Lie to Me, Paul Ekman and Biofeed­back: You may have watched the new series Lie To Me, with Tim Roth, based on the work of Paul Ekman. The intro­duc­tion to the sec­ond episode shows why what are called “lie detec­tors” are noth­ing but biofeed­back sys­tems that mea­sure phys­i­o­log­i­cal anx­i­ety.

News

Brain Games for Baby Boomers: round-up of oth­er recent news, cov­er­ing the effects of gam­ing, cog­ni­tive train­ing for dri­ving skills, and brain fit­ness class­es.

Neu­rocog­ni­tive assess­ments and sports con­cus­sions: a new study and a new resource to under­stand and address the 1.6 to 3.8 mil­lion cas­es of sports-relat­ed con­cus­sions that occur annu­al­ly in the Unit­ed States.

Brain Teas­er

How will you, your orga­ni­za­tion, your neigh­bors, par­tic­i­pate in Brain Aware­ness Week, March 16th-22nd, orga­nized by the Dana Foun­da­tion with the par­tic­i­pa­tion of thou­sands of out­reach part­ners, includ­ing Sharp­Brains? You can find event ideas, excel­lent resources (yes, includ­ing puz­zles), and a cal­en­dar of events, Here.

Have a great month of March!

A Love affair Across Generations: A Lamarckian Reincarnation?

Eric Jensen alert­ed me to a research study pub­lished in the Feb­ru­ary 4th Jour­nal of Neu­ro­science — Trans­gen­er­a­tional Res­cue of a Genet­ic Defect in Long-Term Poten­ti­a­tion and Mem­o­ry For­ma­tion by Juve­nile Enrich­ment. We both had the same ini­tial WOW! feel­ing that we had expe­ri­enced when we first read about the dis­cov­ery of mir­ror neu­rons a decade+ ago.

The study’s find­ings seemed to sug­gest that acquired char­ac­ter­is­tics can be genet­i­cal­ly trans­mit­ted, a Lamar­ck­i­nan belief that had long been dis­card­ed by biol­o­gists. This seemed improb­a­ble, so we decid­ed to check out what the sci­en­tif­ic com­mu­ni­ty thought. It’s the kind of research that edu­ca­tors cer­tain­ly need to under­stand because the poten­tial edu­ca­tion­al impli­ca­tions are pro­found, no mat­ter how this par­tic­u­lar study sorts out.

I’ve thus append­ed the fol­low­ing infor­ma­tion below: (1) the abstract and ref­er­ence of the orig­i­nal sttudy, (2) a link to a non-tech­ni­cal report in the cur­rent issue of New Sci­en­tist, (3) a link to a non- tech­ni­cal expla­na­tion of the research in Med­ical News Today, and (4) a link to a recent extend­ed non-tech­ni­cal New Sci­en­tist arti­cle on the issue of non-genet­ic inher­i­tance. Eric will post his com­men­tary on the research in the March edi­tion of his Brighter Brain Bul­letin newslet­ter.

THE STUDY:

To put it sim­ply: The researchers stud­ied long-term poten­ti­a­tion (LTP), in which longer and more robust synap­tic acti­va­tion occurs. LTP is the basic mech­a­nism for learn­ing and mem­o­ry for­ma­tion.

Juve­nile mice placed into an enriched envi­ron­ment (EE) devel­oped enhanced LTP capa­bil­i­ties that they lat­er trans­mit­ted to their own off­spring dur­ing embryo­ge­n­e­sis (rather than through lat­er mater­nal instruc­tion), and these effects per­sist­ed even when the off­spring weren’t in an EE. The study con­clud­ed that a stim­u­lat­ing juve­nile envi­ron­ment can thus influ­ence the com­po­si­tion of sig­nal­ing net­works that influ­ence synap­tic plas­tic­i­ty and mem­o­ry for­ma­tion in the enriched mouse, and also in its future off­spring.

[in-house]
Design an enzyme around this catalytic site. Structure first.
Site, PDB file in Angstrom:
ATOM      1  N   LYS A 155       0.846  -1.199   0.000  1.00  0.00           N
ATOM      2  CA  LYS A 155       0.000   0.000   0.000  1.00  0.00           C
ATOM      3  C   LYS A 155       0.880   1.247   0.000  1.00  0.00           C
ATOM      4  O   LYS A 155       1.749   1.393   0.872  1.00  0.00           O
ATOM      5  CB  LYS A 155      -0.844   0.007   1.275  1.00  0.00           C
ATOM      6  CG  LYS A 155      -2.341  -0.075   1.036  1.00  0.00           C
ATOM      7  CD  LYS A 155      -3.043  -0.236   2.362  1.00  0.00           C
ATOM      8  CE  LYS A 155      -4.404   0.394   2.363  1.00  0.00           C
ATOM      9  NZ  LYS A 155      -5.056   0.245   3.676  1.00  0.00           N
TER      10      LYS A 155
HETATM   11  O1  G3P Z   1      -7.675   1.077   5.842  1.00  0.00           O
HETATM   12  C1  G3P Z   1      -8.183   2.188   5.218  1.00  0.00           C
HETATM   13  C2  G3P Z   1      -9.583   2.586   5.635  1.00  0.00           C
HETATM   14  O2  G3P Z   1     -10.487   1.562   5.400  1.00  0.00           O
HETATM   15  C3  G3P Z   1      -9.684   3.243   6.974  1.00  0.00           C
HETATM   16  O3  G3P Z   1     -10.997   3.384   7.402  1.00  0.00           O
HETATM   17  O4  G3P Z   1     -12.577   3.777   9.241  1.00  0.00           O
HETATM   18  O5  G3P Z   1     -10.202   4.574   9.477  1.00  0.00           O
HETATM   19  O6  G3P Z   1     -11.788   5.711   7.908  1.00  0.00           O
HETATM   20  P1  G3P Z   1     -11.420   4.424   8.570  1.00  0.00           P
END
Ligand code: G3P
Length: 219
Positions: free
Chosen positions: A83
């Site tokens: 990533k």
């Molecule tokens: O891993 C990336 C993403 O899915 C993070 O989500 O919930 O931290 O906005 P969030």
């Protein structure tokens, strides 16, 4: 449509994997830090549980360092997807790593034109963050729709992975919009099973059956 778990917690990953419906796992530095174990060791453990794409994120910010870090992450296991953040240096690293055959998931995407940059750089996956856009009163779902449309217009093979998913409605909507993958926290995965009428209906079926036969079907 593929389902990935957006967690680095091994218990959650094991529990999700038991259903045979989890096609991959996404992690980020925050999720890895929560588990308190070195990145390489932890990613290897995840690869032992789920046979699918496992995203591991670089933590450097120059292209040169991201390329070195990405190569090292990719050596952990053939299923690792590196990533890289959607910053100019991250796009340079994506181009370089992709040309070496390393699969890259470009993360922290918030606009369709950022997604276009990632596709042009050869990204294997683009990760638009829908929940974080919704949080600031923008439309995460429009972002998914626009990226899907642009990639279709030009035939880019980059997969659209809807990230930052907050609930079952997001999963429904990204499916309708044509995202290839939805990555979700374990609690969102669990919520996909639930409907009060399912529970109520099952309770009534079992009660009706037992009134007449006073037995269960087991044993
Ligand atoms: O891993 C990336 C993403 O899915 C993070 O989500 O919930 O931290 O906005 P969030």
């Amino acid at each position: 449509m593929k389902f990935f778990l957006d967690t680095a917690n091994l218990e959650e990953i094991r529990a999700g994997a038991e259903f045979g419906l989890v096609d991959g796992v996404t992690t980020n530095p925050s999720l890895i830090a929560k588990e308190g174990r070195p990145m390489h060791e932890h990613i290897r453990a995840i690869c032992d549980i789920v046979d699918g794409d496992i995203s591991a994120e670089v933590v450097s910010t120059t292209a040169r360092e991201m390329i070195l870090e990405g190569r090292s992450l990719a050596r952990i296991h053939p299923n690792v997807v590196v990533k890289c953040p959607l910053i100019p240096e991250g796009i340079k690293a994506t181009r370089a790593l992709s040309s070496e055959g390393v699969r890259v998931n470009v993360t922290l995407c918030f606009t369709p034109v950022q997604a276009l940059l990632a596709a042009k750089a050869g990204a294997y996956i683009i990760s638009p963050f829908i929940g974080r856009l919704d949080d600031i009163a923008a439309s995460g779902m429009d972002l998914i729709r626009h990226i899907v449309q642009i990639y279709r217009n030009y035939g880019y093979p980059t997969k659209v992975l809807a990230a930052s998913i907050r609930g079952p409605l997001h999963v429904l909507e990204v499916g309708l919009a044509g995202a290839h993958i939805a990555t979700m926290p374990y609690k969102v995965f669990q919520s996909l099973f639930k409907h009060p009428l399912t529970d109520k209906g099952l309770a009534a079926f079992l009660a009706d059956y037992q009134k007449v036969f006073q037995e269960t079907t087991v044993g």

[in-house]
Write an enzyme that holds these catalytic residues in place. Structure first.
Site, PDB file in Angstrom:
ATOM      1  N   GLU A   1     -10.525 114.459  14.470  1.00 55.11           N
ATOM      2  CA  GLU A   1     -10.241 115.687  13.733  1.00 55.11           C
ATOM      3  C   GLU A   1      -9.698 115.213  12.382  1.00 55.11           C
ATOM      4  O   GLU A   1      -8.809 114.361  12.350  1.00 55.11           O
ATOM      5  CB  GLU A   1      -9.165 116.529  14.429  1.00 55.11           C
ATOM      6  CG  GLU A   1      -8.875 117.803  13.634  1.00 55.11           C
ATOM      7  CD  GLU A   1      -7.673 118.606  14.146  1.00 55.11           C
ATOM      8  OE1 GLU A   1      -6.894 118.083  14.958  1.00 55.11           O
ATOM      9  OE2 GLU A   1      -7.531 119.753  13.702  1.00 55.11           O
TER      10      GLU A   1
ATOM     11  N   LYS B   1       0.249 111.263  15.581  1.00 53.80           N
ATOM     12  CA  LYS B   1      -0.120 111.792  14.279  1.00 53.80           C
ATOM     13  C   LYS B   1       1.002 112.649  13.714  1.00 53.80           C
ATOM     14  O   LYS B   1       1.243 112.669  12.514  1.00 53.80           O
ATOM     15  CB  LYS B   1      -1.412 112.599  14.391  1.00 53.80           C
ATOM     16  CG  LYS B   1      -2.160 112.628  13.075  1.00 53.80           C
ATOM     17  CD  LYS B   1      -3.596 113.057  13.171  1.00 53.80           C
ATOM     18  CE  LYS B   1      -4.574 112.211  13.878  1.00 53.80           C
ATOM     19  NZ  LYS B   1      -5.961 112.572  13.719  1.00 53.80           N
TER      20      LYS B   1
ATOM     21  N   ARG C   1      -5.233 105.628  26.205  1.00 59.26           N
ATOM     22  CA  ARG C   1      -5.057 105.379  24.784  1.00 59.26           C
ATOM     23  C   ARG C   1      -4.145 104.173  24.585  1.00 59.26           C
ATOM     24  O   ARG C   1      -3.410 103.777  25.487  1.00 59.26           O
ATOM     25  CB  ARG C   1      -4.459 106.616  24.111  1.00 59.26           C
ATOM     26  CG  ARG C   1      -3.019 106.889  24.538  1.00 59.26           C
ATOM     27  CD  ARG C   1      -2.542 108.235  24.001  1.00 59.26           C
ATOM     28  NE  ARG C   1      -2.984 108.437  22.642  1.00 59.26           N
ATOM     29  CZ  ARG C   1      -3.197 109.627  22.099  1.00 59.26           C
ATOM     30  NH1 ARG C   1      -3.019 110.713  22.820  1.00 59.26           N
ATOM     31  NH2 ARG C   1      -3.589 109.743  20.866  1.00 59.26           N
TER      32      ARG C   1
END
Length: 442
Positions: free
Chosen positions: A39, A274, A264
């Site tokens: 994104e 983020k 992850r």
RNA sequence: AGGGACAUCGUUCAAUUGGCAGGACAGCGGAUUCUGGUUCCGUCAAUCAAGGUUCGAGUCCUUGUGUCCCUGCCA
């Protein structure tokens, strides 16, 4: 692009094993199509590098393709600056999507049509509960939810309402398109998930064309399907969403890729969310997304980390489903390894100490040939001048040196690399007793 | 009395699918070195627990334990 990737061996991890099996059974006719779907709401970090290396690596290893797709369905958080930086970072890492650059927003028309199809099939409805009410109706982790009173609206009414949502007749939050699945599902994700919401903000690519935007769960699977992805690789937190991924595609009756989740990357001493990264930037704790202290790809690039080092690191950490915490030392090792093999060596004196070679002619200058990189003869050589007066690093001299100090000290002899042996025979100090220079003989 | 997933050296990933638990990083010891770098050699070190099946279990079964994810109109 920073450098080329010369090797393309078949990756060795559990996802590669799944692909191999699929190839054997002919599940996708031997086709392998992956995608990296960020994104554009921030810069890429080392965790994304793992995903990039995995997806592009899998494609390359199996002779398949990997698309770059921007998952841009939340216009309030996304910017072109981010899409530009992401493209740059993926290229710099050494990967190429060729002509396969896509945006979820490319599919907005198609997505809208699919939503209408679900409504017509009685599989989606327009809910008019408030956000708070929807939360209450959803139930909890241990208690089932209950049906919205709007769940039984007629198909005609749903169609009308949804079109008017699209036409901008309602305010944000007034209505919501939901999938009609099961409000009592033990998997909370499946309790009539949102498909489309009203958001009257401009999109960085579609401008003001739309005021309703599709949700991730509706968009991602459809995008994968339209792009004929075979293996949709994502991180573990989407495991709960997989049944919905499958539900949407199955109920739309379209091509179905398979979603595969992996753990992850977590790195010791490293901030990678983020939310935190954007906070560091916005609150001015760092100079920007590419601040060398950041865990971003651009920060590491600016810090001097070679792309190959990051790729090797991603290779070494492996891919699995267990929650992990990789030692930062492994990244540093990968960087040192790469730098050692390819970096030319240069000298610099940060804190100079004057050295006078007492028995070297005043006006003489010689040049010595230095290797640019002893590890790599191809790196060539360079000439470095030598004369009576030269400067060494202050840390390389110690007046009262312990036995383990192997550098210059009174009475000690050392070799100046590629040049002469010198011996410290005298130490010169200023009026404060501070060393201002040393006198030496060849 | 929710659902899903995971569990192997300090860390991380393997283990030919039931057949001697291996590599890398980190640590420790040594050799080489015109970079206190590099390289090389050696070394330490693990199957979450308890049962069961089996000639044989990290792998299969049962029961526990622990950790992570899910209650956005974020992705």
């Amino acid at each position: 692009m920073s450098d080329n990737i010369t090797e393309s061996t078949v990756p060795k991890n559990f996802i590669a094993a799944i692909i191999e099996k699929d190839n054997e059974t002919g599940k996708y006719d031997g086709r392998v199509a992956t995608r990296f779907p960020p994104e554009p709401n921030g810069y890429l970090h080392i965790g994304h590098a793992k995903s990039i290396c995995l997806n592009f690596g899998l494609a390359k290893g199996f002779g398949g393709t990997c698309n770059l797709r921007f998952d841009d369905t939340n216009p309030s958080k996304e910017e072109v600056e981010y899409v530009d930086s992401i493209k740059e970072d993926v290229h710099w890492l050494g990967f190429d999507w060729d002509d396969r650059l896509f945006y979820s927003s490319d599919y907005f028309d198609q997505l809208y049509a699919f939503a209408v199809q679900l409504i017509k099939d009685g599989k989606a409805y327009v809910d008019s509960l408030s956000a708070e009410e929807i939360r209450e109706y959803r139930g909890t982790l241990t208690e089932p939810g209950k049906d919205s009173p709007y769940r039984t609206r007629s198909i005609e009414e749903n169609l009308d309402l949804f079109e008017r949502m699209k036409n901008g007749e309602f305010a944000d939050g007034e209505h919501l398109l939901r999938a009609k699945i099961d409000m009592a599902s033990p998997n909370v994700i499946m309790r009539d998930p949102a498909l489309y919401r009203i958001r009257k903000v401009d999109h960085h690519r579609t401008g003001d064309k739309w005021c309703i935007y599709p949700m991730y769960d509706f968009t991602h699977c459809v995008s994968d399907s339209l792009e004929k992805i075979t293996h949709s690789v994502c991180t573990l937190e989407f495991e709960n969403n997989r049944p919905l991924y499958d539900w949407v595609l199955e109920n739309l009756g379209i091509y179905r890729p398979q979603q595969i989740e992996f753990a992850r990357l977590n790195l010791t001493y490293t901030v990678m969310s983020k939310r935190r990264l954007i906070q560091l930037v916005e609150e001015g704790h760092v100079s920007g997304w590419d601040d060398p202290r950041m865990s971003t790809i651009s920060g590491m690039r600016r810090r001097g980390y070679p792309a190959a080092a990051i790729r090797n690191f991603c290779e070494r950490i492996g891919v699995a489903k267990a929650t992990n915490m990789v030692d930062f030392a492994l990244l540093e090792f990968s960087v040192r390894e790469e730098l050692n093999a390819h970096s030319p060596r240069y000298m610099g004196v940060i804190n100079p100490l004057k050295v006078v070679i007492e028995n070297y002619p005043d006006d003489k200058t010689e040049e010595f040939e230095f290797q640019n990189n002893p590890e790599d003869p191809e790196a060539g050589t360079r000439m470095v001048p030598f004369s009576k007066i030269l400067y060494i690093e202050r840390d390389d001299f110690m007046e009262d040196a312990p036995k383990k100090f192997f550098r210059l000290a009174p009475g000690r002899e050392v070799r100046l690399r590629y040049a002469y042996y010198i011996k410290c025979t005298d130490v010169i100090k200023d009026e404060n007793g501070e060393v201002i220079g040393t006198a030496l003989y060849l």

The prob­lem with this research appears to be over whether the trans­mit­ted effects occurred via genet­ic changes or through some­thing else in the mother’s uter­ine envi­ron­ment. A female’s eggs devel­op ear­ly in life to be dis­trib­uted lat­er, so it’s improb­a­ble that a female’s juve­nile expe­ri­ences would alter the DNA in her eggs. A more prob­a­ble expla­na­tion may be that any changes in the mother’s brain that occur via an EE are rep­re­sent­ed as cur­rent­ly ill- under­stood sig­nal­ing mol­e­cules that pass through the pla­cen­tal bar­ri­er into the embry­on­ic brain.

THE SIGNIFICANCE:

For edu­ca­tors, this research sim­ply adds to our own strong belief that long-term ben­e­fits accrue from a stim­u­lat­ing ear­ly envi­ron­ment that encour­ages curios­i­ty and explo­ration. The research builds on Read the rest of this entry »

Learning & the Brain: Resources for Educators

As promised in my pre­vi­ous post (10 Brain Train­ing Tips To Teach and Learn), here are some of the resources that inform my under­stand­ing of the brain: books, con­fer­ences, and web­sites.

BOOKS

There are a mul­ti­tude of books about the brain. For edu­ca­tors, the best of these are books that demys­ti­fy the lan­guage of neu­ro­science while pro­vid­ing infor­ma­tion applic­a­ble to the teaching/learning process.

Among the more pro­lif­ic or well-known authors of this type include Jeb Schenck, Robert Syl­west­er, Bar­bara Givens, Robert Marzano, Mar­ilee Sprenger, and Eric Jensen.

I have found books Read the rest of this entry »

Brain Research Interview Series

We are work­ing on improv­ing sev­er­al sec­tions of our web­site, espe­cial­ly our Resources sec­tion. It will look much bet­ter in a few days. Our first step has been to re-orga­nize our Neu­ro­science Inter­view Series, and below you have how it looks today.

Dur­ing the last 18 months I have had the for­tune to inter­view over 15 cut­ting-edge neu­ro­sci­en­tists and cog­ni­tive psy­chol­o­gists on their research and thoughts. Here are some of our favorite quotes (you can read the full inter­view notes by click­ing on the links):

Read the rest of this entry »

About SharpBrains

As seen in The New York Times, The Wall Street Journal, BBC News, CNN, Reuters and more, SharpBrains is an independent market research firm tracking health and performance applications of brain science.